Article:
Steven Spurrier (artist)
13 July 1878
11 March 1961 (aged 82)|
St John's Wood, London
Steven Spurrier RA (13 July 1878 – 11 March 1961) was a British artist and painter.
Spurrier was born in London and from the age of seventeen served an apprenticeship to his silversmith father. Spurrier also studied art at evening classes at Heatherley's School of Art and then at the Gilbert Garrett School. In 1900, Spurrier gave up silverwork and became a freelance magazine illustrator. His work appeared in magazines such as Madame, Black and White, The Graphic, Illustrated London News, The Windsor Magazine and the Radio Times.
During the First World War, he worked with the Admiralty developing dazzle camouflage for ships. During World War Two, in March 1944, the War Artists' Advisory Committee offered Spurrier a commission of 50 guineas to paint a picture of an Army discussion group. Spurrier exhibited at the Royal Academy from 1913, was made an associate member in 1945 and became a full member of the Academy in 1952.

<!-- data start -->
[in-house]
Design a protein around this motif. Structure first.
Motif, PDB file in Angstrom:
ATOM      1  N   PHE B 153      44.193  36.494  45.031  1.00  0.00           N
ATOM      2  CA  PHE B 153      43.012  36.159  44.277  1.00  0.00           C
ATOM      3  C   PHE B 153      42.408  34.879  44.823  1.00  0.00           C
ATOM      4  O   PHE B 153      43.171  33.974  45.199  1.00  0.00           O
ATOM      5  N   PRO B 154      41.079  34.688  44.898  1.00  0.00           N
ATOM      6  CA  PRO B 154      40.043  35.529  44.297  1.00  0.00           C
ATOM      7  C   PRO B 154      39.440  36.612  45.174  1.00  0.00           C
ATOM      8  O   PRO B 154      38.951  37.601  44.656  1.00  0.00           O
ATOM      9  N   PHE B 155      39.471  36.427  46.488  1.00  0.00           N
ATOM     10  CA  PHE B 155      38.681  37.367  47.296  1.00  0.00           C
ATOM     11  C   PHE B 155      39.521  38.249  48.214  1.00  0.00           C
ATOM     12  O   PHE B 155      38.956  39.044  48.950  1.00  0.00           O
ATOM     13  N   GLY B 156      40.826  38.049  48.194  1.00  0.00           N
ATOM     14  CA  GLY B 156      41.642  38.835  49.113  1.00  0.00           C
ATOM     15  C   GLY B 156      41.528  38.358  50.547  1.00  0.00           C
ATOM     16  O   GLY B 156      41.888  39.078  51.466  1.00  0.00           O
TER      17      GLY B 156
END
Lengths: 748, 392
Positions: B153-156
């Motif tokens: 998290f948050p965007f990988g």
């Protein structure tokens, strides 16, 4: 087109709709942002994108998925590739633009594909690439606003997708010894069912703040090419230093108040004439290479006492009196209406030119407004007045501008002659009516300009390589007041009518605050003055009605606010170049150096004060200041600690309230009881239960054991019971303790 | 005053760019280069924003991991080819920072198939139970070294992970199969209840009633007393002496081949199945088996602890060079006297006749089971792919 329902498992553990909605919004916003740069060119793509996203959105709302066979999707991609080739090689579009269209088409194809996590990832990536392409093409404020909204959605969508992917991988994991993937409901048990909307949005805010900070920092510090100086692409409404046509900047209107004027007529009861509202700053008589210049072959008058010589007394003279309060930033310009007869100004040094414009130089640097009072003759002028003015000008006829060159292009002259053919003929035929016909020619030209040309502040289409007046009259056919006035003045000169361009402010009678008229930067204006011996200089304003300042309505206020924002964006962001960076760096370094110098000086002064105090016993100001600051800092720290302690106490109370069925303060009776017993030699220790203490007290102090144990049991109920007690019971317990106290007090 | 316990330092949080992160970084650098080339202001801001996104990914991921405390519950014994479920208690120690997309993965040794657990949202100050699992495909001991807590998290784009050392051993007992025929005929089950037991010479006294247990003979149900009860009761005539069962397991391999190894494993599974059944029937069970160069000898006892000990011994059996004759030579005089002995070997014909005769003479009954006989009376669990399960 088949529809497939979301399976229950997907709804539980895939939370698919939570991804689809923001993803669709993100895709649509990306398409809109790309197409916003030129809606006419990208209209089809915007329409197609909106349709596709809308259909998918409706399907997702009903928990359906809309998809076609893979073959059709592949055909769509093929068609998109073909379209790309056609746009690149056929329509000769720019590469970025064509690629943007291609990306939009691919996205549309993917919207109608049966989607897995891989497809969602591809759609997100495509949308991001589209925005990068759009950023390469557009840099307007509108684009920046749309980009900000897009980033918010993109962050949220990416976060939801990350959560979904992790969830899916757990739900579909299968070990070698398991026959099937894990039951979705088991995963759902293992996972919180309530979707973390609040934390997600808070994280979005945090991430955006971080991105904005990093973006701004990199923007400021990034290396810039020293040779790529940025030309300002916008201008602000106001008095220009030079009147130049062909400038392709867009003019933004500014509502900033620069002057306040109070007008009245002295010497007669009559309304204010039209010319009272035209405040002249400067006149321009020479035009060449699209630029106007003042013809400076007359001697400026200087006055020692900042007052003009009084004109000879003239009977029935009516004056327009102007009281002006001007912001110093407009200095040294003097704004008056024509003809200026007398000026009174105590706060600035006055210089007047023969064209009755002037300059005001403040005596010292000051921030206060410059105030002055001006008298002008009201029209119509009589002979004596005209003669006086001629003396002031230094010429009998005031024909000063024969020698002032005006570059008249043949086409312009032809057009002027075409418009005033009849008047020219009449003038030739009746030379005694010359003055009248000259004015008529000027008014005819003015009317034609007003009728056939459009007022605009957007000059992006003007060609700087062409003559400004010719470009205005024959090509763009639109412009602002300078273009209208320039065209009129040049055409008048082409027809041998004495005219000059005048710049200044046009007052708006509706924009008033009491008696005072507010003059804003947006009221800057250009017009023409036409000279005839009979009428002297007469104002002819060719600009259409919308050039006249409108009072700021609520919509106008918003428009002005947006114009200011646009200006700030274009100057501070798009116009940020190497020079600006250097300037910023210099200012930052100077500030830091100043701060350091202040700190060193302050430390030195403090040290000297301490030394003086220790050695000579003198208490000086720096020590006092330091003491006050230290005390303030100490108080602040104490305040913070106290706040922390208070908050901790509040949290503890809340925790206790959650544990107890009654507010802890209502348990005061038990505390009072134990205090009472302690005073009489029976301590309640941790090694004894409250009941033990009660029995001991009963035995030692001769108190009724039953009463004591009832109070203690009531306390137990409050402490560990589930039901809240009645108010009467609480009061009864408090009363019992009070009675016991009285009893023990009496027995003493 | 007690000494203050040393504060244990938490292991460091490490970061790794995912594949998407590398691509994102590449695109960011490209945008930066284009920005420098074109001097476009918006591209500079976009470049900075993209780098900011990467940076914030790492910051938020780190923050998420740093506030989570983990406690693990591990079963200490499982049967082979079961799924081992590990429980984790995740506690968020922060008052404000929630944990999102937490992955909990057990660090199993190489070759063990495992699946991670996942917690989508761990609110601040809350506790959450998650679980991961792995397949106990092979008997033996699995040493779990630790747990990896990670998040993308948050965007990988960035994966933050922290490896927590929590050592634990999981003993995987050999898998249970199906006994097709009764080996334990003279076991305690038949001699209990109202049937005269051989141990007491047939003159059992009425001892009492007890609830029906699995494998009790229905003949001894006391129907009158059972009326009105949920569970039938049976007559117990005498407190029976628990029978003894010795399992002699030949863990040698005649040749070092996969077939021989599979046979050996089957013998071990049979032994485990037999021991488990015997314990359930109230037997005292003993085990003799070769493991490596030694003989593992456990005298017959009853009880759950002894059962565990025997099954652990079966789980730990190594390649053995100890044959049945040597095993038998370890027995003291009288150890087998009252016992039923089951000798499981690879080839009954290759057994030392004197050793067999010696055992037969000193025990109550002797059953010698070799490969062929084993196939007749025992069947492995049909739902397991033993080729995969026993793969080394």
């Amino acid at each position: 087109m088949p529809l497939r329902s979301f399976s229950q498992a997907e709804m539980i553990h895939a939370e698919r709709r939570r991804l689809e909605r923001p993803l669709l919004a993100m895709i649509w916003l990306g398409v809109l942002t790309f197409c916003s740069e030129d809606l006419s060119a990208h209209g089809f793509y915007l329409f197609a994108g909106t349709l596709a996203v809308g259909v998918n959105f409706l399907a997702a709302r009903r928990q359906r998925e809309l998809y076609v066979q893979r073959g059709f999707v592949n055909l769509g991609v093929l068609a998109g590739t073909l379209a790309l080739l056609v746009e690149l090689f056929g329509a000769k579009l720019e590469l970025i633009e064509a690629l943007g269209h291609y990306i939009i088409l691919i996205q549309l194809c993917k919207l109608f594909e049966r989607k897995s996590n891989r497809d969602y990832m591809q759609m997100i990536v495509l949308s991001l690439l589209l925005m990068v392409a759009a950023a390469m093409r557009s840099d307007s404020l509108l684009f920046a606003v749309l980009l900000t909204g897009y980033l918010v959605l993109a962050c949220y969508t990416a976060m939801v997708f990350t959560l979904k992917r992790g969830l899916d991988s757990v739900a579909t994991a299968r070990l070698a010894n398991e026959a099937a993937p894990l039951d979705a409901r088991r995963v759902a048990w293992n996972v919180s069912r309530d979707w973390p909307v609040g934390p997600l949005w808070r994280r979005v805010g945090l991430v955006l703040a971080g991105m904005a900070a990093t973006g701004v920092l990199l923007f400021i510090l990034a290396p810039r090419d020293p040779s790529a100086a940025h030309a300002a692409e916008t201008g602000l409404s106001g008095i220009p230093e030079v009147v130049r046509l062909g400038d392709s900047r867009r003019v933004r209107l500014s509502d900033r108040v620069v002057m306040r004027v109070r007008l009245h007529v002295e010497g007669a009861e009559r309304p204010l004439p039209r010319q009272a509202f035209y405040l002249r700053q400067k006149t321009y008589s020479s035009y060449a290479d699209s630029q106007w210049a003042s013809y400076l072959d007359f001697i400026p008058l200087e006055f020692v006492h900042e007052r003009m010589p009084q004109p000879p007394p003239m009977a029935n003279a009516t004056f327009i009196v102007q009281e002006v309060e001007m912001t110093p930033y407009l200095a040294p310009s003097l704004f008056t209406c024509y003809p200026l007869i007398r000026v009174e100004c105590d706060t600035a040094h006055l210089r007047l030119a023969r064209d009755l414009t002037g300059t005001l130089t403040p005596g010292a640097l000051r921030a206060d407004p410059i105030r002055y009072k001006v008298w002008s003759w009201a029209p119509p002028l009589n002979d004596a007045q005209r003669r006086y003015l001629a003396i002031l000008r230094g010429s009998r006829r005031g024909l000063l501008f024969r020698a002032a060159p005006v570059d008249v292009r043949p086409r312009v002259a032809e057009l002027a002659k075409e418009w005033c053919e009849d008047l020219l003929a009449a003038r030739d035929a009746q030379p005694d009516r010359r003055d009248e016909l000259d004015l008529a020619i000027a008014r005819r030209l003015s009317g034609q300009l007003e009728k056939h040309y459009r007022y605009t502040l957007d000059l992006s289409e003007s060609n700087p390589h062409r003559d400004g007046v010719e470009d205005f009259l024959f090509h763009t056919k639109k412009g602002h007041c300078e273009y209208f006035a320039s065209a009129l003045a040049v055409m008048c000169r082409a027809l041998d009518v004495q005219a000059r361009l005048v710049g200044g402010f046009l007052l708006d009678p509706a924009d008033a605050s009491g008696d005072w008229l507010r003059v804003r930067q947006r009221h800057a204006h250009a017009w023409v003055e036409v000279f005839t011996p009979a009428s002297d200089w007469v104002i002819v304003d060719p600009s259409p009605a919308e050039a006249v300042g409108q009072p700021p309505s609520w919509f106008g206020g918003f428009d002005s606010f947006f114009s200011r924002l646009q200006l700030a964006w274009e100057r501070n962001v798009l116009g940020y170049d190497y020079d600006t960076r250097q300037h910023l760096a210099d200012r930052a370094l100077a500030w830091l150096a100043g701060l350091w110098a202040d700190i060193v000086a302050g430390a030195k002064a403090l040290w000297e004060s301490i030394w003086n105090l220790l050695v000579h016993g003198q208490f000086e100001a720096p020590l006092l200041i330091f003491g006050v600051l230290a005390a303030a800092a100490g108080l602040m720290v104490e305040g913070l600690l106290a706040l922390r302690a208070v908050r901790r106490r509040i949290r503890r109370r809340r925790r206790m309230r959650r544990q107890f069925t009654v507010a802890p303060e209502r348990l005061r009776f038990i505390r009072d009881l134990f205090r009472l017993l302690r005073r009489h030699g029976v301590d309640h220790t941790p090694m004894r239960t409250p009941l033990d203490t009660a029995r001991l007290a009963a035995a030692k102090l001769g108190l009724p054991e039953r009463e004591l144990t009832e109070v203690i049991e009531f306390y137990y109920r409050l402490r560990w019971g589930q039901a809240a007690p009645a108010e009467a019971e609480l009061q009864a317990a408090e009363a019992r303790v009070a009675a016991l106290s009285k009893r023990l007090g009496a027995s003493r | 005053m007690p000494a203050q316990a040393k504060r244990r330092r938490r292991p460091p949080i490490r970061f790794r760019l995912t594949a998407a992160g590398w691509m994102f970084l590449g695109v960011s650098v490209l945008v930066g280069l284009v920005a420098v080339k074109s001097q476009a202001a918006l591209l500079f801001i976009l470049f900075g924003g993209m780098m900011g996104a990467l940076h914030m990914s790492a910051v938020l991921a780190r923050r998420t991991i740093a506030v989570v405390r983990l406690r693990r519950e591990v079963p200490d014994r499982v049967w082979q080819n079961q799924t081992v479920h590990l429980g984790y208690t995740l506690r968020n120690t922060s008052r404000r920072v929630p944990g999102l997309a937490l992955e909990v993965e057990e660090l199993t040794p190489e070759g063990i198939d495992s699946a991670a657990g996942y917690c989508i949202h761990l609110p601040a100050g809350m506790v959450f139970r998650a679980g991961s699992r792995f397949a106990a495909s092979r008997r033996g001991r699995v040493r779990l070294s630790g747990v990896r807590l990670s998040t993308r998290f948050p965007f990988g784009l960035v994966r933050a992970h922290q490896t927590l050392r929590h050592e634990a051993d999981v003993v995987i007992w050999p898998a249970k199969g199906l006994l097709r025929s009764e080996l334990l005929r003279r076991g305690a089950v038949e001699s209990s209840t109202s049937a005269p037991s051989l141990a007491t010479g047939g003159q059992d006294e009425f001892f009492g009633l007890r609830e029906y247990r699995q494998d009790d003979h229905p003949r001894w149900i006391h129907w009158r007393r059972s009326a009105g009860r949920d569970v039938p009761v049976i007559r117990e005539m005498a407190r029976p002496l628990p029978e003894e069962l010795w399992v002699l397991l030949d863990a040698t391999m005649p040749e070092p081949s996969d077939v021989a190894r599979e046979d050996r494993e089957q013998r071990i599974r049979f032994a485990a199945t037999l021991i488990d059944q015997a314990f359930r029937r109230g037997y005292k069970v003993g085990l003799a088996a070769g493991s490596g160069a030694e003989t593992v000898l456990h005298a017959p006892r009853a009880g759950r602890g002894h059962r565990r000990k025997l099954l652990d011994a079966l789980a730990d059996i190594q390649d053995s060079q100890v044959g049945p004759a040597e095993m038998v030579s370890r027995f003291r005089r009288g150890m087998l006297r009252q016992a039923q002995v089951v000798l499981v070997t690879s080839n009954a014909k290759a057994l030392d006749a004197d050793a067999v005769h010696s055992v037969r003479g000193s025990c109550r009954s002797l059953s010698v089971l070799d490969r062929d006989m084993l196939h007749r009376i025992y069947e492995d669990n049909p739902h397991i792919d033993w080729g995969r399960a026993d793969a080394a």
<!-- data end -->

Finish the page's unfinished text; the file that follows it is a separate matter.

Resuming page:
Spurrier also produced posters for theatrical productions and illustrated books. His illustrations for Swallows and Amazons, the first book in the children's series by Arthur Ransome, were disliked by Ransome and were not used except for the dust jacket and map. Later editions had illustrations by Clifford Webb and then by Ransome himself.
- Black and White (1909)
- Illustration in Wash and Line (1933)
- Tate. "Artist biography Steven Spurrier 1878—1961". Tate. Retrieved 1 November 2013.
- Stephen Adams (Arts Correspondent) (12 May 2008). "Steven Spurrier art rescued from rats". The Telegraph. Retrieved 1 November 2013.
- Imperial War Museum. "War artists archive - Steven Spurrier". Imperial War Museum. Retrieved 4 February 2016.
- The Bank Mill Project (2010). "The Cowan Artists of 1944". The Bank Mill Project. Retrieved 1 November 2013.
- Liss Fine Art. "Artist biography Steven Spurrier". Liss Fine Art. Retrieved 1 November 2013.
- Who was Who, 1961-1970 (1972, A & C Black, London)